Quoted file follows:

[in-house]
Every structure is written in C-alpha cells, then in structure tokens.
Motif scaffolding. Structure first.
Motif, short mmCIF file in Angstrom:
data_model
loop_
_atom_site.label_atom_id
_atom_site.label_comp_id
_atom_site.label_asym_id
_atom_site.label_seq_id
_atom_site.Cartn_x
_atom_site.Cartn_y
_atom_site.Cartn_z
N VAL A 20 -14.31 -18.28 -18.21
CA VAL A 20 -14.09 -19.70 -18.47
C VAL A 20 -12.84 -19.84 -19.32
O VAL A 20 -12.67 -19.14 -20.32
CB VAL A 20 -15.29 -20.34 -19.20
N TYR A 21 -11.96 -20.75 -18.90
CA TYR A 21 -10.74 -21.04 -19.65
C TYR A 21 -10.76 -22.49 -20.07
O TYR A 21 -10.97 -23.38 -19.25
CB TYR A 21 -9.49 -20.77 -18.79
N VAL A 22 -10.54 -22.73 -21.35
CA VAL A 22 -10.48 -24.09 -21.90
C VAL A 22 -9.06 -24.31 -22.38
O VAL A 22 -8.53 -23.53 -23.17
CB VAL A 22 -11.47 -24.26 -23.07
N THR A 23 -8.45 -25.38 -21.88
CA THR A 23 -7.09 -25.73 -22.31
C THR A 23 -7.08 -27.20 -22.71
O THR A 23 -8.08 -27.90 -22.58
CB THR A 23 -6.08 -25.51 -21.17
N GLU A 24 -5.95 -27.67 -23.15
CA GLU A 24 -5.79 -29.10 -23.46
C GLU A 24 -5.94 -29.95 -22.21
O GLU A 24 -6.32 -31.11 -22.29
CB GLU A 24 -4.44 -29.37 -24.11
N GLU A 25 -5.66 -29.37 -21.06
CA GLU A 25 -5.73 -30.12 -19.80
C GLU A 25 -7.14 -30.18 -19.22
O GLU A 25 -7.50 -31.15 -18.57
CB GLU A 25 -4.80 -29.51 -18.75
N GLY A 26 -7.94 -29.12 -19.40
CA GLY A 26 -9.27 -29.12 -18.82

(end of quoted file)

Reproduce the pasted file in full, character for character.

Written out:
[in-house]
Every structure is written in C-alpha cells, then in structure tokens.
Motif scaffolding. Structure first.
Motif, short mmCIF file in Angstrom:
data_model
loop_
_atom_site.label_atom_id
_atom_site.label_comp_id
_atom_site.label_asym_id
_atom_site.label_seq_id
_atom_site.Cartn_x
_atom_site.Cartn_y
_atom_site.Cartn_z
N VAL A 20 -14.31 -18.28 -18.21
CA VAL A 20 -14.09 -19.70 -18.47
C VAL A 20 -12.84 -19.84 -19.32
O VAL A 20 -12.67 -19.14 -20.32
CB VAL A 20 -15.29 -20.34 -19.20
N TYR A 21 -11.96 -20.75 -18.90
CA TYR A 21 -10.74 -21.04 -19.65
C TYR A 21 -10.76 -22.49 -20.07
O TYR A 21 -10.97 -23.38 -19.25
CB TYR A 21 -9.49 -20.77 -18.79
N VAL A 22 -10.54 -22.73 -21.35
CA VAL A 22 -10.48 -24.09 -21.90
C VAL A 22 -9.06 -24.31 -22.38
O VAL A 22 -8.53 -23.53 -23.17
CB VAL A 22 -11.47 -24.26 -23.07
N THR A 23 -8.45 -25.38 -21.88
CA THR A 23 -7.09 -25.73 -22.31
C THR A 23 -7.08 -27.20 -22.71
O THR A 23 -8.08 -27.90 -22.58
CB THR A 23 -6.08 -25.51 -21.17
N GLU A 24 -5.95 -27.67 -23.15
CA GLU A 24 -5.79 -29.10 -23.46
C GLU A 24 -5.94 -29.95 -22.21
O GLU A 24 -6.32 -31.11 -22.29
CB GLU A 24 -4.44 -29.37 -24.11
N GLU A 25 -5.66 -29.37 -21.06
CA GLU A 25 -5.73 -30.12 -19.80
C GLU A 25 -7.14 -30.18 -19.22
O GLU A 25 -7.50 -31.15 -18.57
CB GLU A 25 -4.80 -29.51 -18.75
N GLY A 26 -7.94 -29.12 -19.40
CA GLY A 26 -9.27 -29.12 -18.82